Wednesday, April 11, 2018

Roger Williams, Religious Liberty, and the Wheat and Tares Parable (I)

Roger Williams


“And your money says ‘In God we trust”
But it’s against the law to pray in school . . . .
Larry Norman, “The Great American Novel” (1972)


“The Governor shall annually proclaim the last Wednesday in September as A Day of Prayer for Kentucky's Students and shall call upon the citizens of the state, in accordance with their own faith and consciences, to pray, meditate, or otherwise reflect upon the students of this state as well as their teachers, administrators, and schools.”
Kentucky General Assembly House Bill 40

Debates about religious liberty, separation of church and state, prayers in public schools, and the government proclaiming "Days of Prayer" are recurring, including bills introduced in various state houses about "sharia law" and "Days of Prayer" for a number of different reasons.

Such debates almost always begin with citing Thomas Jefferson's letter to the Danbury Baptist Association, so I thought it would be good to revisit this issue and explain again that the "wall of separation" language was first used in colonial America by the minister Roger Williams, and he use the parable of the wheat and tares (wheat and weeds) to argue his case.


A common misperception is that it is against the law to pray in school or that saying “Merry Christmas” in school is another casualty in the supposed “War on Christmas.” Neither is true. As the old saying goes, “as long as there are math tests, there will be prayer in schools.” Private, nonintrusive expressions of religion are protected under the First Amendment, so students can pray or meditate in private at any time.

The 1962 Supreme Court Engel v. Vitale 8-1 decision found that school-sponsored prayer violates the Establishment Clause of the First Amendment (“Congress shall make no law respecting an establishment of religion, or prohibiting the free exercise thereof . . .) means that students can pray in school anytime they want individually or in groups (a “free exercise of religion”), as long as they do so voluntarily and without disrupting others, but prayers in public schools must not be state sanctioned, sponsored, or mandated (“an establishment of religion”). As Valerie Strauss notes in The Washington Post’s “Answer Sheet”:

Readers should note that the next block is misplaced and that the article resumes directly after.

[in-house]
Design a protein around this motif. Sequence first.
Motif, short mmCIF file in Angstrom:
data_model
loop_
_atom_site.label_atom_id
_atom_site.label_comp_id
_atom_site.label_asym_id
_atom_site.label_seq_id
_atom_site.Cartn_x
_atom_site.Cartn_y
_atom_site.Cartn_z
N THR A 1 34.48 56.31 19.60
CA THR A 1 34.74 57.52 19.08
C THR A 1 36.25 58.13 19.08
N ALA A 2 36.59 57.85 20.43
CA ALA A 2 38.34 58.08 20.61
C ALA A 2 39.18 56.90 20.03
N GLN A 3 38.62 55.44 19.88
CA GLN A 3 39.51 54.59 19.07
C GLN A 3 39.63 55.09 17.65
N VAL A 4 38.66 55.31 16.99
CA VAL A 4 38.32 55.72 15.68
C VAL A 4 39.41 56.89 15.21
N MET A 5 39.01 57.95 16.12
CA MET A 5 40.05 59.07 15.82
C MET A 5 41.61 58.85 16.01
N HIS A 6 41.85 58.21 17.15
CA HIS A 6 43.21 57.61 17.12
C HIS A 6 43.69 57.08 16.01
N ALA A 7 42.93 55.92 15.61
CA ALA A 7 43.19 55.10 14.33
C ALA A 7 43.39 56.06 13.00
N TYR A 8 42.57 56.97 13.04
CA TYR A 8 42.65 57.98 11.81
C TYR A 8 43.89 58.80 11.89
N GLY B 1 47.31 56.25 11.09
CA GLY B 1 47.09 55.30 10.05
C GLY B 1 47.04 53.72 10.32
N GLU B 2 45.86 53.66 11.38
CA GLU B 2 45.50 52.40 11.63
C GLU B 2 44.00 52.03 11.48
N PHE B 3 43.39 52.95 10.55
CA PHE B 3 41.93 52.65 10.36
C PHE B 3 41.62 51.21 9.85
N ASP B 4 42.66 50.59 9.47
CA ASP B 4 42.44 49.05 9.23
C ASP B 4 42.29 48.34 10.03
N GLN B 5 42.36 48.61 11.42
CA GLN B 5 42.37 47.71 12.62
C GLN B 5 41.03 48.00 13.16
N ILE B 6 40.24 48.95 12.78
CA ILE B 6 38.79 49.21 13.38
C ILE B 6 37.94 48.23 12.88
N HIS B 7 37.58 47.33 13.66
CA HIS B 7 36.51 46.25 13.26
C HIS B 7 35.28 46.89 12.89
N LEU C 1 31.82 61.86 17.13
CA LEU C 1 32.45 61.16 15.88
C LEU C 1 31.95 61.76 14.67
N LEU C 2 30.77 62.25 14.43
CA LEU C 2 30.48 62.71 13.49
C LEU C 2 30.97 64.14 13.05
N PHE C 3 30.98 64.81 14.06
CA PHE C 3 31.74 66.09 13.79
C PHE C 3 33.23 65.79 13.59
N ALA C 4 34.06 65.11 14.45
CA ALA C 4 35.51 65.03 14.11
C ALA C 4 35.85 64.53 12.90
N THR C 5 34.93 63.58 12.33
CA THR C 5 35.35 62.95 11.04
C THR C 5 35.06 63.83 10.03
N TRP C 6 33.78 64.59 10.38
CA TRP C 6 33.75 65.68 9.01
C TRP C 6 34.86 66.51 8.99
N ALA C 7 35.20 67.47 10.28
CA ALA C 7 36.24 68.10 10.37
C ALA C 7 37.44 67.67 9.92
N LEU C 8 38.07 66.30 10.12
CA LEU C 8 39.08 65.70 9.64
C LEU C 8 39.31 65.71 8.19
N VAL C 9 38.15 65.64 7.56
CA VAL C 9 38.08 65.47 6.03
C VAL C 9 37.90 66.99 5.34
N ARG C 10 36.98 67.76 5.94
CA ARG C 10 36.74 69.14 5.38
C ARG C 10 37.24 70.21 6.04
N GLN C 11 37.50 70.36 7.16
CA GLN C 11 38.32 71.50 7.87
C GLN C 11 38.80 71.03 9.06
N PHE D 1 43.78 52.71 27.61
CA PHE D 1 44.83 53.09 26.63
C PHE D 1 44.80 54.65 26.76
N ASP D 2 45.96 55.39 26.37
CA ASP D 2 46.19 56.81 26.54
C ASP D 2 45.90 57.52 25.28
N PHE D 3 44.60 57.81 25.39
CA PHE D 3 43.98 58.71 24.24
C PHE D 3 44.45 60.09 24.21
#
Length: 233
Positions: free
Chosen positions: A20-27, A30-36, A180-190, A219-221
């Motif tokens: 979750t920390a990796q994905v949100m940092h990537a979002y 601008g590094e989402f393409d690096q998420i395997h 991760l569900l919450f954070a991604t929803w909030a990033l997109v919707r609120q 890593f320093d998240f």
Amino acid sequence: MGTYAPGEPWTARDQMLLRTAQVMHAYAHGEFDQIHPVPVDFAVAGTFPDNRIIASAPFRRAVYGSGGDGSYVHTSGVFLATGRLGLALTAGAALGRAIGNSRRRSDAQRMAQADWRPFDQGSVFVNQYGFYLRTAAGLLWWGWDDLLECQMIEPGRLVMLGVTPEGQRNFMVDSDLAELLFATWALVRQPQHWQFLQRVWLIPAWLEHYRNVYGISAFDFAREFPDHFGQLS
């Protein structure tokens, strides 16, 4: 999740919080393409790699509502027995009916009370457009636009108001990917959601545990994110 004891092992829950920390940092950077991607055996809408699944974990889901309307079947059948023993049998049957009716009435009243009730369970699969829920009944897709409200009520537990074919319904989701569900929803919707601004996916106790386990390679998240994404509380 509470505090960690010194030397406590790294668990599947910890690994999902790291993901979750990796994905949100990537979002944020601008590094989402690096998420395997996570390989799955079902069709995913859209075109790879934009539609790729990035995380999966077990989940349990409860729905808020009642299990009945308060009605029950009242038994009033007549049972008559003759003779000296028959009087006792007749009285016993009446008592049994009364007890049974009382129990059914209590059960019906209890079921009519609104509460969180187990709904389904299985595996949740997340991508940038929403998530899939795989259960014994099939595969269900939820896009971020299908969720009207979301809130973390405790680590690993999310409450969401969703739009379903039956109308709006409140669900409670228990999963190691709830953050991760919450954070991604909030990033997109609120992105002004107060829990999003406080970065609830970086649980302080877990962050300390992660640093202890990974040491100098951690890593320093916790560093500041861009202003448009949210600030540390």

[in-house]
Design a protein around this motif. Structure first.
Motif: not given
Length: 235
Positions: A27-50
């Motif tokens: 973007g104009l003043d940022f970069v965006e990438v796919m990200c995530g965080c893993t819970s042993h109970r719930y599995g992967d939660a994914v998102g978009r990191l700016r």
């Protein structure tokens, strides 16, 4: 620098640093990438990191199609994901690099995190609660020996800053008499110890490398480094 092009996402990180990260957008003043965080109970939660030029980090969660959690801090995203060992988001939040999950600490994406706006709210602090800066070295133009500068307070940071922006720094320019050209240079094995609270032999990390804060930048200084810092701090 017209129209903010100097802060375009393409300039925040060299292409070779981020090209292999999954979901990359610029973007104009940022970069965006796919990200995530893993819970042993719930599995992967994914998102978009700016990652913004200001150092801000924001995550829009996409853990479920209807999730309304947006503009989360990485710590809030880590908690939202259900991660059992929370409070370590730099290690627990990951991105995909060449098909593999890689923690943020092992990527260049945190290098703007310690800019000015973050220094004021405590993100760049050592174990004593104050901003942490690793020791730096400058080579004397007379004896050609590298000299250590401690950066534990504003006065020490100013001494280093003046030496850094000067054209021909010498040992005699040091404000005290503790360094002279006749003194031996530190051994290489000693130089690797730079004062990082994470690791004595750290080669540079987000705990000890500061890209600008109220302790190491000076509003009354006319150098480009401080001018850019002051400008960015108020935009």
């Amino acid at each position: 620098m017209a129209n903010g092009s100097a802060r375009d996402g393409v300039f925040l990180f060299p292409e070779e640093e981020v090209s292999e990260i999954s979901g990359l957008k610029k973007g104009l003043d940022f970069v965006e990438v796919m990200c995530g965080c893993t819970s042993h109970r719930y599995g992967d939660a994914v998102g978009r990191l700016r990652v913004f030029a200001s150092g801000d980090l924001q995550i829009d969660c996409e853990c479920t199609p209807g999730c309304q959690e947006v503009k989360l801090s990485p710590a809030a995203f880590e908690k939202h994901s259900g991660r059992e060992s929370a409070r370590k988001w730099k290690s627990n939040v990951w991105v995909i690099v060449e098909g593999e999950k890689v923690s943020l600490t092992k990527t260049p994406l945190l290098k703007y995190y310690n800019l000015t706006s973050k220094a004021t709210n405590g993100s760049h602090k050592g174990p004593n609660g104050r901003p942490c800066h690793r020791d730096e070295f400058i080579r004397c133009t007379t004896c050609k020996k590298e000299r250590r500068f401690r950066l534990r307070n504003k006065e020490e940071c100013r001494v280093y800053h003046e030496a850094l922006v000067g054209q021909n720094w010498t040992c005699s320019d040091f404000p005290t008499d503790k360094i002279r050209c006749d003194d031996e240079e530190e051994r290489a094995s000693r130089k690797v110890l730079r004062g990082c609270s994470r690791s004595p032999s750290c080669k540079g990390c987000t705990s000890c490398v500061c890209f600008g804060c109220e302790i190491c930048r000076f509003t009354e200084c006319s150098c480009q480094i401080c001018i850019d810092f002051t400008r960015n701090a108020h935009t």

Schools are forbidden from initiating or sponsoring religious activities, including prayer, but religious groups are permitted to meet on school grounds after school, and students can pray to whatever or whomever they want at any time of day, as long as they do it privately and don’t try to force others to do the same. Religion can (and should) be a class subject — but not proselytized — in public schools, sacred music can be played in schools under certain circumstances, and schools can’t bar teachers or students from saying “Merry Christmas” to each other.


In 1976, Kentucky enacted a law sanctioning a specific prayer in schools—a “voluntary” reciting of “the traditional Lord’s Prayer” that it claims (unironically) is a history lesson about “the freedom of religion symbolized by the recitation of the Lord’s Prayer.” The bill recently passed by the Kentucky House, though (see above), is less controversial since it does not sanction prayer by students in public schools; it instead would mandate a state day of prayer for schools, students, teachers, and administrators.

In debates about school-sponsored prayer and religious liberty, the most often cited historical reference is Thomas Jefferson’s famous “building a wall of separation between church and state” declaration in his 1802 letter to the Danbury Baptists

Three notable things, however, are often overlooked about that letter, and I will turn to those three things in my next post (it will include the Roger Williams's reception of the wheat and tares parable).

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